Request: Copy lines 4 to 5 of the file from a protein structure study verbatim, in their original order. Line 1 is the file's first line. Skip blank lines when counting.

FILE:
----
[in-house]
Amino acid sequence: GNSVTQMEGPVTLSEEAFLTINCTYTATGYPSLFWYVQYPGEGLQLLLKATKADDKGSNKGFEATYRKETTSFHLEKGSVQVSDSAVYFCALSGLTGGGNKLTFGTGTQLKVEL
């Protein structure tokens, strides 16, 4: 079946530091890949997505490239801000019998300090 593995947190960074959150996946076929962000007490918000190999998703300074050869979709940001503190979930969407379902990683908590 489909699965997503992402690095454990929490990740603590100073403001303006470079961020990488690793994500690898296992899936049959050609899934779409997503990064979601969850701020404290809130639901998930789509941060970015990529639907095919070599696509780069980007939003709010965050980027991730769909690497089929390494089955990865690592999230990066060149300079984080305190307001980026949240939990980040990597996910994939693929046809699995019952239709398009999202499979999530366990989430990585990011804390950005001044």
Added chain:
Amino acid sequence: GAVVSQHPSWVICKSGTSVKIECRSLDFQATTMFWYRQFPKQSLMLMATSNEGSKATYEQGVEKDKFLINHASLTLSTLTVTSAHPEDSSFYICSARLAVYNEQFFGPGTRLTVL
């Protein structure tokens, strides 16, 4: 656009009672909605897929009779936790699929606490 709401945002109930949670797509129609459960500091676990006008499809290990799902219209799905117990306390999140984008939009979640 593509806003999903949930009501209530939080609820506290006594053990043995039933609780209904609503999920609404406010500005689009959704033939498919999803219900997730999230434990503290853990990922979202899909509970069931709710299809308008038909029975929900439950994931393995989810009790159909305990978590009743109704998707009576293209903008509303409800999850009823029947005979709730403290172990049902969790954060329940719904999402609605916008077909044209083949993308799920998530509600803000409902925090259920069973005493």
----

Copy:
Added chain:
Amino acid sequence: GAVVSQHPSWVICKSGTSVKIECRSLDFQATTMFWYRQFPKQSLMLMATSNEGSKATYEQGVEKDKFLINHASLTLSTLTVTSAHPEDSSFYICSARLAVYNEQFFGPGTRLTVL